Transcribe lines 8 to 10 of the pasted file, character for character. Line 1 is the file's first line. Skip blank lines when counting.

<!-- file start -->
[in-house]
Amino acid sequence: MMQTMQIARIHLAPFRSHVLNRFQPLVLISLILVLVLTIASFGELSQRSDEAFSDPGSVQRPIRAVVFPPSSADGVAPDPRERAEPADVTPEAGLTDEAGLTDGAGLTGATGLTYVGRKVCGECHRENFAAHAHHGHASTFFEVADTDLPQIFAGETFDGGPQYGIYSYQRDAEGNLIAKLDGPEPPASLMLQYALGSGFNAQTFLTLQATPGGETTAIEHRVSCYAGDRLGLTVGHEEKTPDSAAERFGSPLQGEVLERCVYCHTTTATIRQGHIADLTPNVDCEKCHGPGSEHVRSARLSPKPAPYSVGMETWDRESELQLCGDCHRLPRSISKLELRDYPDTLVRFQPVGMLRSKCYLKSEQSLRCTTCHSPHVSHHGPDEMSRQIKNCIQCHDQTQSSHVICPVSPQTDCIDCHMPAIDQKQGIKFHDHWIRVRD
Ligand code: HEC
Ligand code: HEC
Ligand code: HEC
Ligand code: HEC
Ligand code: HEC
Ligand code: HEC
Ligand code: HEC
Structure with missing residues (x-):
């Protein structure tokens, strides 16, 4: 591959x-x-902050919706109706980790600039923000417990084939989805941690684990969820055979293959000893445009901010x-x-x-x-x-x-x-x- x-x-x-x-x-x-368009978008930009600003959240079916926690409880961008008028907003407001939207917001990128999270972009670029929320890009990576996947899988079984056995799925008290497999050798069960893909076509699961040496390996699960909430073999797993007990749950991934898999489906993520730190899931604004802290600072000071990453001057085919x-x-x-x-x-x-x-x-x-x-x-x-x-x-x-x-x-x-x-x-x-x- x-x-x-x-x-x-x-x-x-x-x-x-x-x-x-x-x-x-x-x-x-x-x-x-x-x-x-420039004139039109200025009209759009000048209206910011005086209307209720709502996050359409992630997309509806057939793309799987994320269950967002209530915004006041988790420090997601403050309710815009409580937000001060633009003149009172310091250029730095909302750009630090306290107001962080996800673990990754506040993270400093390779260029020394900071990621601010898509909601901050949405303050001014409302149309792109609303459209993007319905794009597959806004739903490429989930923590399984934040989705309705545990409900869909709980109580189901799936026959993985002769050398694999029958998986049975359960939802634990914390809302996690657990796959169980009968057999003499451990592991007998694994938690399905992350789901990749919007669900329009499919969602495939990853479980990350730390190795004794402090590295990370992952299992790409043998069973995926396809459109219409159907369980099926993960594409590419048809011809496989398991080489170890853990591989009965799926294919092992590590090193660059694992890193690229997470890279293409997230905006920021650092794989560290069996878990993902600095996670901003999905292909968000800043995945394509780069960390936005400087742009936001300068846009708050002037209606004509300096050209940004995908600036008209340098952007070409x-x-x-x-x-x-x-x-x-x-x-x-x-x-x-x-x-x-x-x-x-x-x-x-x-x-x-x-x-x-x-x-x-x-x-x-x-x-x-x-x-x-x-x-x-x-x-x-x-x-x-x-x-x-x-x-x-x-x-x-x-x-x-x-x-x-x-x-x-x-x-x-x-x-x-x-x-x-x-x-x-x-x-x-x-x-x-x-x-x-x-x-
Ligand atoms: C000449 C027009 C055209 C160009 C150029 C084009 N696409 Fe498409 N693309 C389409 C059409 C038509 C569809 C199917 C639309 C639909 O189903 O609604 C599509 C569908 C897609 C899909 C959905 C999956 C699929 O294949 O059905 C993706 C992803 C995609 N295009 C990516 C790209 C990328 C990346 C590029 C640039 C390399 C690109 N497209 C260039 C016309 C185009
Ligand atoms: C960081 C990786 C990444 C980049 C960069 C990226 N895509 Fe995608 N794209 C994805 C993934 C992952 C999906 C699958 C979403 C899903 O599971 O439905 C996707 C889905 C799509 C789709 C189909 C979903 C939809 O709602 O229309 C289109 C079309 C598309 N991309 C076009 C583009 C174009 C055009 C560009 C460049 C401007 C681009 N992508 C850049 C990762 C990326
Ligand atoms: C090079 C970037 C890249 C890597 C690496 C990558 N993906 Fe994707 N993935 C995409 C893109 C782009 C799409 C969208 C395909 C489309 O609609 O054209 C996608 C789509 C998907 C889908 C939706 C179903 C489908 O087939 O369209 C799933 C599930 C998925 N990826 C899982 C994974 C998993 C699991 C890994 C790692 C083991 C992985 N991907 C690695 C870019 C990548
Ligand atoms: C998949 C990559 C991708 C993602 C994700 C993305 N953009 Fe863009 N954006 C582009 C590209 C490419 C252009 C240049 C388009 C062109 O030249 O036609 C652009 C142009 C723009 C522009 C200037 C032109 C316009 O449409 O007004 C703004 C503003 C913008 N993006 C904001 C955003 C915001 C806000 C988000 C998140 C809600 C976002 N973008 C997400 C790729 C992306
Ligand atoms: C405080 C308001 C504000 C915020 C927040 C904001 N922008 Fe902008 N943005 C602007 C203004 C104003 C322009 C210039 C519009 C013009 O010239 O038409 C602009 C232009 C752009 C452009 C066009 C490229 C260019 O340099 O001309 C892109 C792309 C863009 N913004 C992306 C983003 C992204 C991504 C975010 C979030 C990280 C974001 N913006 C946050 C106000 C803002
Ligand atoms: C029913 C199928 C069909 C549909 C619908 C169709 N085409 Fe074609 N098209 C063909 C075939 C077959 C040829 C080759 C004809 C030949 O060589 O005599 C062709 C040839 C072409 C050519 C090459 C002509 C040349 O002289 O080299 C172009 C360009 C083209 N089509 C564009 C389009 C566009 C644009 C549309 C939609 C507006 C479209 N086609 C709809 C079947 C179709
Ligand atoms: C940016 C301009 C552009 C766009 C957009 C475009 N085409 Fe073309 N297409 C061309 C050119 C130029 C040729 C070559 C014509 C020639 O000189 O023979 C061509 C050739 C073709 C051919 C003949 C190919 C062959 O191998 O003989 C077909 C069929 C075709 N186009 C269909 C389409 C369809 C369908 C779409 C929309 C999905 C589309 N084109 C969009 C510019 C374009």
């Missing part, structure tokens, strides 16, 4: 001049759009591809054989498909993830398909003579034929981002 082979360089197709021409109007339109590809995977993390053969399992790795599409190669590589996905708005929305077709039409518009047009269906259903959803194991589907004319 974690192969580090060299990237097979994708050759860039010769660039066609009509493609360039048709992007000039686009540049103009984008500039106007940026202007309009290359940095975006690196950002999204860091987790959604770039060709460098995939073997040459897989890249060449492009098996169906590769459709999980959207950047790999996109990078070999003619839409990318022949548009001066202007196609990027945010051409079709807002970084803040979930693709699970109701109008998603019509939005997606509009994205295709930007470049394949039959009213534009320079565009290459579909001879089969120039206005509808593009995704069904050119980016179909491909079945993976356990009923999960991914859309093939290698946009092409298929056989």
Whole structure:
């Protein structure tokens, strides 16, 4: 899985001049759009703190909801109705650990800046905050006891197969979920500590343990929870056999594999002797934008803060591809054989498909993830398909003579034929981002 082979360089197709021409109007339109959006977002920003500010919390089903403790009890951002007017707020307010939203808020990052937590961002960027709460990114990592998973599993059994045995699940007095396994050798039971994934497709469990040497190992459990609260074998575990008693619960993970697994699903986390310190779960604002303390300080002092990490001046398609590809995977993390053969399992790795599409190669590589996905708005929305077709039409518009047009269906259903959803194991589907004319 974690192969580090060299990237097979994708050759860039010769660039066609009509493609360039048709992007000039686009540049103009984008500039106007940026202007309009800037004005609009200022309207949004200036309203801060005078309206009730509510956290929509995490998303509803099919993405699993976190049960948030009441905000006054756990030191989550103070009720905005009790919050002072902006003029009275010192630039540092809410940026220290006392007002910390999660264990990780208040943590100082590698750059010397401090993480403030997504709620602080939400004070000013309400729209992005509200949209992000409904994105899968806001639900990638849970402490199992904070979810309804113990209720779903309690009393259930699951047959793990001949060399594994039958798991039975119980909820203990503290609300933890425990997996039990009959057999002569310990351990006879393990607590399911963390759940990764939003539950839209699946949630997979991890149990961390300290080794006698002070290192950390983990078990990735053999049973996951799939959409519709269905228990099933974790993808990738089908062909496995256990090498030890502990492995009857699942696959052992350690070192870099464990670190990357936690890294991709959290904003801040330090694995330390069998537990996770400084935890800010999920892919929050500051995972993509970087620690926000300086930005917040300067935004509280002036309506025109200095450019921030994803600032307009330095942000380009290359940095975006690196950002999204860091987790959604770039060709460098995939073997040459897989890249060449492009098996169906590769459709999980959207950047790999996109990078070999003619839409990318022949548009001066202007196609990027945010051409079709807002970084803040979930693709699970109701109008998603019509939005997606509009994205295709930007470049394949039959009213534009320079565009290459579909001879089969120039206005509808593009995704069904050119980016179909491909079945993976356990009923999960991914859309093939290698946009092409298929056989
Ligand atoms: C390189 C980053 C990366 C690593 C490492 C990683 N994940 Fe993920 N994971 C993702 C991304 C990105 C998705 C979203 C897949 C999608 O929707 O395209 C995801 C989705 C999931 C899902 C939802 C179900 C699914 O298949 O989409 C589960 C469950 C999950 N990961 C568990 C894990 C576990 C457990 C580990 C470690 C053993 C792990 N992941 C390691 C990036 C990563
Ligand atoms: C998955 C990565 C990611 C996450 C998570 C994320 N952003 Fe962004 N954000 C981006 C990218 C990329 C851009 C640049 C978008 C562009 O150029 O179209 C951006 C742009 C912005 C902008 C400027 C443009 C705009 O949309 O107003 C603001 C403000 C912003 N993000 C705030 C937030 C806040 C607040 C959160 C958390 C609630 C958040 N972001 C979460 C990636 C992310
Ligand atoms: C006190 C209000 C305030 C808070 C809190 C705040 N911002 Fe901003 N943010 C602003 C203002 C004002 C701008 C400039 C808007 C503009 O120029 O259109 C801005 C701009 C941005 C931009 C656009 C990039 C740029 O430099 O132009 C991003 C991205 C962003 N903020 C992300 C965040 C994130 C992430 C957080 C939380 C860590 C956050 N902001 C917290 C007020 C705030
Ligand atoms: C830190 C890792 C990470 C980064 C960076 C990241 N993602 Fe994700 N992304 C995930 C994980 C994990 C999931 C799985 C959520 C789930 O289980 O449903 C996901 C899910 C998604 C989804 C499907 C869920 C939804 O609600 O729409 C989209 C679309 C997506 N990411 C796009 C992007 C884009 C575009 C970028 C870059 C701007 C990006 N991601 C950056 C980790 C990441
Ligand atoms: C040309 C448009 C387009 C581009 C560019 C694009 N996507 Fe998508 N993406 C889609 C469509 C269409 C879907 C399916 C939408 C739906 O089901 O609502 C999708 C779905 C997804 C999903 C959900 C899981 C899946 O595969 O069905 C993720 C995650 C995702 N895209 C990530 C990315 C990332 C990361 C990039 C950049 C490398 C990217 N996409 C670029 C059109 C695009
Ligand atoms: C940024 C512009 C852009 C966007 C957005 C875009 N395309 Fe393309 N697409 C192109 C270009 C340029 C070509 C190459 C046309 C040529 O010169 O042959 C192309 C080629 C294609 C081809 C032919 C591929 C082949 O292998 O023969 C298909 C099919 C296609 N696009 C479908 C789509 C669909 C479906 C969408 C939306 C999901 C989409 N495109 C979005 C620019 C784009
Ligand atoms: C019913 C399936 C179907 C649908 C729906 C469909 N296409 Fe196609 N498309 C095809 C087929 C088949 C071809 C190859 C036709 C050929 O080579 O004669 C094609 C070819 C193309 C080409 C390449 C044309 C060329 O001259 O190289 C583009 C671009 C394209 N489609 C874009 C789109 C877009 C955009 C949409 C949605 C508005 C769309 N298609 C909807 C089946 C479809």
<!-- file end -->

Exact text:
Ligand code: HEC
Ligand code: HEC
Structure with missing residues (x-):